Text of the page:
Content, content, content. It’s all about content, right? It sometimes seems like that’s all we hear about or talk about in digital marketing.
Well, yes, it is all about content. For most brands, much (if not most) of that content will reside on their website. But, even if you have tons of content – tons of golden content – it still may not accomplish what it needs to.
What does your content need to accomplish? It needs to create prospects, and then turn those prospects into customers. It needs to facilitate their customer journey toward the ultimate goal of conversion.
This article will examine an actual content marketing strategy that involved the production of content optimized for the main stages in a customer journey. This content strategy was undertaken for a career center, therefore the potential customers were people seeking assistance with their job search. The career center’s two "products" were 1) a series of job search workshops, and most importantly 2) occupational training grants. For either of these, the ultimate goal was for people to download, complete and then return a three-page application form. For the online content strategy, downloading the form was considered a conversion.
Since completion of a three-page form presented a sizable hurdle for customers, the content would need need to:
- be fairly extensive and targeted to different problems faced by job seekers,
- offer multiple points of entry into the funnel,
- offer multiple paths for further discovery and generation of interest, and finally,
- convince prospects that completing the form would be worth their time and effort.
The Steps in the Customer Journey
In very general terms, the strategy would be to get attention with content that was attractive and immediately helpful, then lure the costumers on to other content that would prompt them to examine their own struggles and difficulties, ultimately leading them toward conversion.
To accomplish this, three broad stages in the customer journey were identified for which meaningful and engaging content should be crafted:
- Awareness / Interest,
- Interest / Consideration, and
A general overview of the plan, presented in sales funnel-like fashion, would look something like this:
As shown in the diagram above, the first step was to get the content seen. This was primarily accomplished by linking to the content from three places:
- Website Home Page: items were routinely run in the home page news rotator, linking to the appropriate content page.
- Website Resources Page: the organization maintains a page of resources for job seekers; most of the new content was featured as a resource, linking through to the the appropriate page.
- Social Media and Other Channels: On an ongoing basis, the pages were marketed via the organization’s growing social channels, again linking back to the appropriate page on the website.
Content for Awareness / Interest
For this stage of the journey, the content was more general in nature, informational, focusing on the concerns of the prospective customers and, perhaps most importantly, not selling to them. However, because the organization’s workshops provided job search information and guidance, the content could not give way too much, and needed to remain very general, i.e., customers needed to desire the workshops.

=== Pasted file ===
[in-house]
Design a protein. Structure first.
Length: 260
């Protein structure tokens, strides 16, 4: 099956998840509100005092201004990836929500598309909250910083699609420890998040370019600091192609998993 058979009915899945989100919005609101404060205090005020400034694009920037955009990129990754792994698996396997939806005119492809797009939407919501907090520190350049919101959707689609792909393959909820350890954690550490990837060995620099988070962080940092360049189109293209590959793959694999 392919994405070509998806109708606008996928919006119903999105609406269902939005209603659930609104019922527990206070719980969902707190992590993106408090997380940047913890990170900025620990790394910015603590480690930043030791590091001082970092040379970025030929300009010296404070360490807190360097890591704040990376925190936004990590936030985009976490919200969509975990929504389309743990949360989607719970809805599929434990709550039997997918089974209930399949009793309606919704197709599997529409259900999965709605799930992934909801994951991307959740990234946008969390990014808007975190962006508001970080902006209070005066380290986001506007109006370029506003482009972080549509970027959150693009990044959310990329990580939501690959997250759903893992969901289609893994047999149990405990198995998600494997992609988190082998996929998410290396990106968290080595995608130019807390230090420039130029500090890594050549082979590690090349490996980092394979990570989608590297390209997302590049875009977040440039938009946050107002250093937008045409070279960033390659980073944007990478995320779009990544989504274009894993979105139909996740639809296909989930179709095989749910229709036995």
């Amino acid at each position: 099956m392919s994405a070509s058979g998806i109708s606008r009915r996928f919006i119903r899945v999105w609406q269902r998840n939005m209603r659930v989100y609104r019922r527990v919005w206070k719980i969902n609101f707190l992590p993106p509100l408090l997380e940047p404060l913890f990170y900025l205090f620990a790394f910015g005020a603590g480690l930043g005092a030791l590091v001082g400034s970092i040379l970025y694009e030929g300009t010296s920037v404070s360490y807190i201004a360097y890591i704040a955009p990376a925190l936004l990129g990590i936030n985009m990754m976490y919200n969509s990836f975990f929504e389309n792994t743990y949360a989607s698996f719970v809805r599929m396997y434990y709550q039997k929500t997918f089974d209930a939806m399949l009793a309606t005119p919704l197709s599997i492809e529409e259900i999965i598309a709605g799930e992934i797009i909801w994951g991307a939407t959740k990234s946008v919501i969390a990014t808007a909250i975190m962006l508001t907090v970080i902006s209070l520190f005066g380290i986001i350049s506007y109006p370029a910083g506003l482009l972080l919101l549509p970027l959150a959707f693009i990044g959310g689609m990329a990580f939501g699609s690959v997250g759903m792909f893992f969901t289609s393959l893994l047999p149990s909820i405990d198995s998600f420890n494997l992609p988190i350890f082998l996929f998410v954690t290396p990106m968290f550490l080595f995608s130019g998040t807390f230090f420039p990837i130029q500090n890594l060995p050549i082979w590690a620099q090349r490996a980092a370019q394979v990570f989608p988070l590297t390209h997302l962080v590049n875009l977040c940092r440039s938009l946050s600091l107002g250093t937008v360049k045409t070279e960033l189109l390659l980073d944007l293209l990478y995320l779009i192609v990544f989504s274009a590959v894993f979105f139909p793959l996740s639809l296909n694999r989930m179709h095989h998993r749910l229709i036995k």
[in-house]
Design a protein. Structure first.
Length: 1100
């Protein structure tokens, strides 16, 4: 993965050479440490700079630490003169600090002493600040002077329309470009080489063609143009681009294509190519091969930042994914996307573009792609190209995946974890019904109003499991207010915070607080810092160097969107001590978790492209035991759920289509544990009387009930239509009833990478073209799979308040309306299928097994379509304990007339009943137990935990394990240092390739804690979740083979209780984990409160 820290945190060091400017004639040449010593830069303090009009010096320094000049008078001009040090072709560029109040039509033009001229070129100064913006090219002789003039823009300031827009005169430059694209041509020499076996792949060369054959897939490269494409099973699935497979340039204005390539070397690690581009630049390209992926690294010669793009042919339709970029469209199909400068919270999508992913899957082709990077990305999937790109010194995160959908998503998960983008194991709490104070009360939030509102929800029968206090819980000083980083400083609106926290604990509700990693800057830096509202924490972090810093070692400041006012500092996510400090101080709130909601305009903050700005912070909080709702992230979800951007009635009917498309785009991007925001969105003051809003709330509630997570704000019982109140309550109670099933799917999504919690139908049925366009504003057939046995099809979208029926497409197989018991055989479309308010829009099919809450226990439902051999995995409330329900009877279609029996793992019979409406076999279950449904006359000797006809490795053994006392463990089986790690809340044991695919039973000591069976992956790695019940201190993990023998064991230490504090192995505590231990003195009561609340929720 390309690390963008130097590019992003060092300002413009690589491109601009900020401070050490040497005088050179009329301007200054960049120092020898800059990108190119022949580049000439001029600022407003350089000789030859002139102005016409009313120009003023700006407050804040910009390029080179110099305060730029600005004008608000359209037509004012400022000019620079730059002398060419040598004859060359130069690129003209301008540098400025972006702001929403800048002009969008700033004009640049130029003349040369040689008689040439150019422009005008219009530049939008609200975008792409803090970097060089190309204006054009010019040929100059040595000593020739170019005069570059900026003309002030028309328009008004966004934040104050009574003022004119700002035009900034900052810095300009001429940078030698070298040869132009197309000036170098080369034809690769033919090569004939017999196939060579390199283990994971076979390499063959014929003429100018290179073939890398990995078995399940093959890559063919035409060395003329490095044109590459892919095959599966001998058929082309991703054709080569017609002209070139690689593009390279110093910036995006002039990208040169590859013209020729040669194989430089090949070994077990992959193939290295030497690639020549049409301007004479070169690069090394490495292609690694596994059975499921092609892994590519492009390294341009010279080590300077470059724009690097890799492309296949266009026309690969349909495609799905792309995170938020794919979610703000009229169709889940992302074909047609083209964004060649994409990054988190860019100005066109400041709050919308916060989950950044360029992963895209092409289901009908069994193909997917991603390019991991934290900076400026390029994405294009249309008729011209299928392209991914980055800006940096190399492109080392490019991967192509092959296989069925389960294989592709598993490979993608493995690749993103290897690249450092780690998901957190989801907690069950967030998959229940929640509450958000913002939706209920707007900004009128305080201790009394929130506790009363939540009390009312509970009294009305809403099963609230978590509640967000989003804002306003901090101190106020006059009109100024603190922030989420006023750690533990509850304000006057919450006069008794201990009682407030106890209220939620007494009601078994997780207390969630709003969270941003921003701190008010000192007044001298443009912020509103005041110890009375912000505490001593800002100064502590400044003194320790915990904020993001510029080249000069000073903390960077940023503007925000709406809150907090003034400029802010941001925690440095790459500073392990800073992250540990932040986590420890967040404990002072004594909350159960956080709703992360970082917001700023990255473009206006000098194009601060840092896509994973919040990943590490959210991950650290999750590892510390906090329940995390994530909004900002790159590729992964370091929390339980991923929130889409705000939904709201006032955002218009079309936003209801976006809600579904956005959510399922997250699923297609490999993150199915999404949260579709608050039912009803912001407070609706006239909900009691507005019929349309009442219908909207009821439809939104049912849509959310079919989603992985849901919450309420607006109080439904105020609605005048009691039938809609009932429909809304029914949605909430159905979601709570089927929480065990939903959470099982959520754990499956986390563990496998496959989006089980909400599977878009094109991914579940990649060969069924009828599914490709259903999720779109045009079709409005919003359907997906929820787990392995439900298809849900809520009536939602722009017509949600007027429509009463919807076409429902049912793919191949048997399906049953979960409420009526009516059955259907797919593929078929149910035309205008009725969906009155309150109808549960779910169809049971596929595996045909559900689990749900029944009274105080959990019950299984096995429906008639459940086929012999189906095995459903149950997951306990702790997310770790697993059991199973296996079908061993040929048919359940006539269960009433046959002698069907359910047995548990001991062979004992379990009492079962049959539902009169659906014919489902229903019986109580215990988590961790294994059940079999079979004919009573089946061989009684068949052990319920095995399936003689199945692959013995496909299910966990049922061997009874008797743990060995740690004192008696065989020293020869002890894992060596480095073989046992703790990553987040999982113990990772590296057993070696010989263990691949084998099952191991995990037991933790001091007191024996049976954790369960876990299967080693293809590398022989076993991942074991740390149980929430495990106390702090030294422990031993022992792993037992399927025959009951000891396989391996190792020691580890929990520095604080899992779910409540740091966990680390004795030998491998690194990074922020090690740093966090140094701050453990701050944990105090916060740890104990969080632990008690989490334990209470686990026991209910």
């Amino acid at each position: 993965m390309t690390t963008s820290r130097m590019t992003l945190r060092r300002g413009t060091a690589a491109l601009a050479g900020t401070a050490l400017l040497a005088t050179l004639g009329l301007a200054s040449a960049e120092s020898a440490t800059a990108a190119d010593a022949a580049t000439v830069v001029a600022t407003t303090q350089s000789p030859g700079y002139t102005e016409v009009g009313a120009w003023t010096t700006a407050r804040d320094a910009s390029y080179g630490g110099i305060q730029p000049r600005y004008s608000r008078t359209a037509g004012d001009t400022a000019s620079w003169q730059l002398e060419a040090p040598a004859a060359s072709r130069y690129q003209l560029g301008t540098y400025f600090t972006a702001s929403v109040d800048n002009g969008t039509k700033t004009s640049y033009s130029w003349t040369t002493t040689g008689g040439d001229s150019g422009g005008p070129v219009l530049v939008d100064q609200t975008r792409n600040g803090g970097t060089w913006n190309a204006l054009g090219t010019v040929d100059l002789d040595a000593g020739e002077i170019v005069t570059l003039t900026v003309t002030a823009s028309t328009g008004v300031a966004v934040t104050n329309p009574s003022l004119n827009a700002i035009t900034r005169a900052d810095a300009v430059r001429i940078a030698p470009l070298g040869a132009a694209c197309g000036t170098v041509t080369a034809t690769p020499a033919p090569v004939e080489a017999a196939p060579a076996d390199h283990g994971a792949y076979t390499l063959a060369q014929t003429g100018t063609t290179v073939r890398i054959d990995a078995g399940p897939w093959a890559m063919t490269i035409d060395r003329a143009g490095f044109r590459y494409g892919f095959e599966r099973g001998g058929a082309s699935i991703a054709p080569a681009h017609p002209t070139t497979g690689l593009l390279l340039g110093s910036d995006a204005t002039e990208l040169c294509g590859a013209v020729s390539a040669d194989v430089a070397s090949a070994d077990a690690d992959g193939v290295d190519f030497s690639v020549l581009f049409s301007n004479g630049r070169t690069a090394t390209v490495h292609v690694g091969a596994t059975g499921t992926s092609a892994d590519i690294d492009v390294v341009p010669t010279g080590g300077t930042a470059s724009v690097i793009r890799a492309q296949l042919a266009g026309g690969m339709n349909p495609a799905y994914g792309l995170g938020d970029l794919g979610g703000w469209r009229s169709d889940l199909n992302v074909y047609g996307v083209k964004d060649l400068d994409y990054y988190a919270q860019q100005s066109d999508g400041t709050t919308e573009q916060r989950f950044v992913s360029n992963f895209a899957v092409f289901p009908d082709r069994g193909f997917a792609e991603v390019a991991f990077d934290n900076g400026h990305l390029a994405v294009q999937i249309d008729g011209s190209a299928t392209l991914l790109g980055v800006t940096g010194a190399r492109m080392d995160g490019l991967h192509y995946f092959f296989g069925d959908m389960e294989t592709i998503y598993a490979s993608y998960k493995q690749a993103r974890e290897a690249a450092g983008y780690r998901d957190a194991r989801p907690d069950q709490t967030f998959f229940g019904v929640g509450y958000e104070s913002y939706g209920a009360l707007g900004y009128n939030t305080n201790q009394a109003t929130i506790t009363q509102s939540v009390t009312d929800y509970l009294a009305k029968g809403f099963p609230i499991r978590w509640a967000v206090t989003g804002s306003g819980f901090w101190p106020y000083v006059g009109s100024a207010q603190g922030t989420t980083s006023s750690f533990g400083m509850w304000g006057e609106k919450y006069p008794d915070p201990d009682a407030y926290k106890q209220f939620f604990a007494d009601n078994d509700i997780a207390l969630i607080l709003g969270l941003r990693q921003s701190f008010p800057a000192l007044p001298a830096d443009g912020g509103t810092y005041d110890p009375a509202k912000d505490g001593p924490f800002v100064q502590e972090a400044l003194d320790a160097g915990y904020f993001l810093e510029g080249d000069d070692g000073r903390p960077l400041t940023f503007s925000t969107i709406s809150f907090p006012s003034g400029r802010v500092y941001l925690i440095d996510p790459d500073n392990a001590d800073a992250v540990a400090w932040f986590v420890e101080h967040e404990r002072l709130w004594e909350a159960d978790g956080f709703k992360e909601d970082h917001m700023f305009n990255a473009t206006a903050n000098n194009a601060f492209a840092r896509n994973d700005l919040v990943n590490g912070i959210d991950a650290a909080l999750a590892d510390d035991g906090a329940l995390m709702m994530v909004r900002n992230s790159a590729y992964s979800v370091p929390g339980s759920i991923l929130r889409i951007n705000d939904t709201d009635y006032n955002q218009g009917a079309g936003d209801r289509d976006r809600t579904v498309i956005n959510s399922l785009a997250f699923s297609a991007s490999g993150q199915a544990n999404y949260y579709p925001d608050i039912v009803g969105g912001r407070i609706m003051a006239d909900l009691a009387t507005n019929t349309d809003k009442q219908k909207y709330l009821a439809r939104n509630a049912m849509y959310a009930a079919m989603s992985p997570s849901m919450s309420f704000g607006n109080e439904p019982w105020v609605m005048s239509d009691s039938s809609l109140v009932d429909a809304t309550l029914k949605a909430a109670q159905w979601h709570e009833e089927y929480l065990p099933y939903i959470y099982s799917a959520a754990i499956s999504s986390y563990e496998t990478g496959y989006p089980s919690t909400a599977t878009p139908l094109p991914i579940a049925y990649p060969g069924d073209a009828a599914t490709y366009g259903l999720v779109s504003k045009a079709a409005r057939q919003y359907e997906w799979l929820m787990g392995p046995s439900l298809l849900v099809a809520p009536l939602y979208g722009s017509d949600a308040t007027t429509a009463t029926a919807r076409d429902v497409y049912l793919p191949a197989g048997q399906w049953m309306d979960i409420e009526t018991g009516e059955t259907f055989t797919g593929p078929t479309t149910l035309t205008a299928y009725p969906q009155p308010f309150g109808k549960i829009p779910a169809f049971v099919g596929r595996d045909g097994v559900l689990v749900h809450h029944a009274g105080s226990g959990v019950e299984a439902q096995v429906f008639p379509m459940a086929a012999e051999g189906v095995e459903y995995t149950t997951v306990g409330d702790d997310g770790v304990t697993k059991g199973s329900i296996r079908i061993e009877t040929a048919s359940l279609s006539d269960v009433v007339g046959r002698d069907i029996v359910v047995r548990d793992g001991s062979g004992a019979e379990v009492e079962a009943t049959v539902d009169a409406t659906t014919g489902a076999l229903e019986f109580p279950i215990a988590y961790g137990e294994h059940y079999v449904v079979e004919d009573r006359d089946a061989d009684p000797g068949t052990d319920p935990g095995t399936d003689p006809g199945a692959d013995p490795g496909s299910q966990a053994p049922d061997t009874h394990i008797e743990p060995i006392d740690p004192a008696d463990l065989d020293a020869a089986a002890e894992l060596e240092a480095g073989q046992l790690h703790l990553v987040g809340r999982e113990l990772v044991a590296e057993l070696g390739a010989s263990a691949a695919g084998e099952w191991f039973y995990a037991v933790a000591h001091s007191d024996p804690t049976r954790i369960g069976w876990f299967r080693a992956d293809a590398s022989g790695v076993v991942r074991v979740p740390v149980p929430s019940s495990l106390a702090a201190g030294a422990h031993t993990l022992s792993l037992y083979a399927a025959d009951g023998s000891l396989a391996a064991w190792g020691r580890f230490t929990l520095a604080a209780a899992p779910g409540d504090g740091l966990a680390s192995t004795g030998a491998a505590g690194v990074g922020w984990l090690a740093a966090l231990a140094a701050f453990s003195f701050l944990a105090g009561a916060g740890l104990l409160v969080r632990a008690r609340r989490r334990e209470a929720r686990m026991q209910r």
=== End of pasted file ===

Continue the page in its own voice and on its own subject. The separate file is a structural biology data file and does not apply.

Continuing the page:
To facilitate the customer’s journey, all pages in this stage had a call to action linking through to a related piece of content in the next stage, Interest / Consideration. Occasionally, one of these pages might link directly to one of the Conversion pages.
Content for Interest / Consideration
In this second stage of the journey, the pages began the job of selling, albeit subtly. Typically, the content was designed to compel the potential customer to examine their own need for the organization’s services. This was especially the case with the interactive Job Search Readiness quiz, which very literally challenged job seekers to evaluate their own knowledge and skills for finding a job. In this stage, all content contained a call to action linking through to a Conversion page.
Content for Conversion
There were two Conversion pages, both of which actively marketed the organization’s services; one conversion page for the training grants, and a second conversion page for the workshops. Both conversion pages linked through to the application download page.
Following from the funnel diagram above, with more detail about primary pieces of content, the final content ecosystem looked like this:
As you can see from the diagram, what resulted was the creation of multiple paths through a content ecosystem, each path designed to appeal to customers at a different stage of their journey, and leading them toward conversion. And, conversions increased year over year for the period 2012 through 2015 (to date). The graph below shows the trendlines for conversions (measured as clicks to download the PDF application form) for each of those years:
To be fair, not all conversions resulted directly from the content journey that had been created, since traffic was being directed to those pages from various sources (i.e., home page, social, etc.) However, for the period January 01, 2014 through March 16, 2015, a substantial percentage of Unique Page Views (UPVs) to the Training Grants and Workshops conversion pages did result from the content ecosystem:
- Training Grants conversion page – 44.7% of UPVs from content ecosystem
- Workshops conversion page – 34.5% of UPVs from content ecosystem
Especially notable is the fact that throughout 2014, the local unemployment rate fell from 8.1% to 4.9%, a decrease of 40%. This means that these increases in UPVs to conversion pages, and the increases in actual conversions, happened against a 40% drop in potential "customers" for the career center.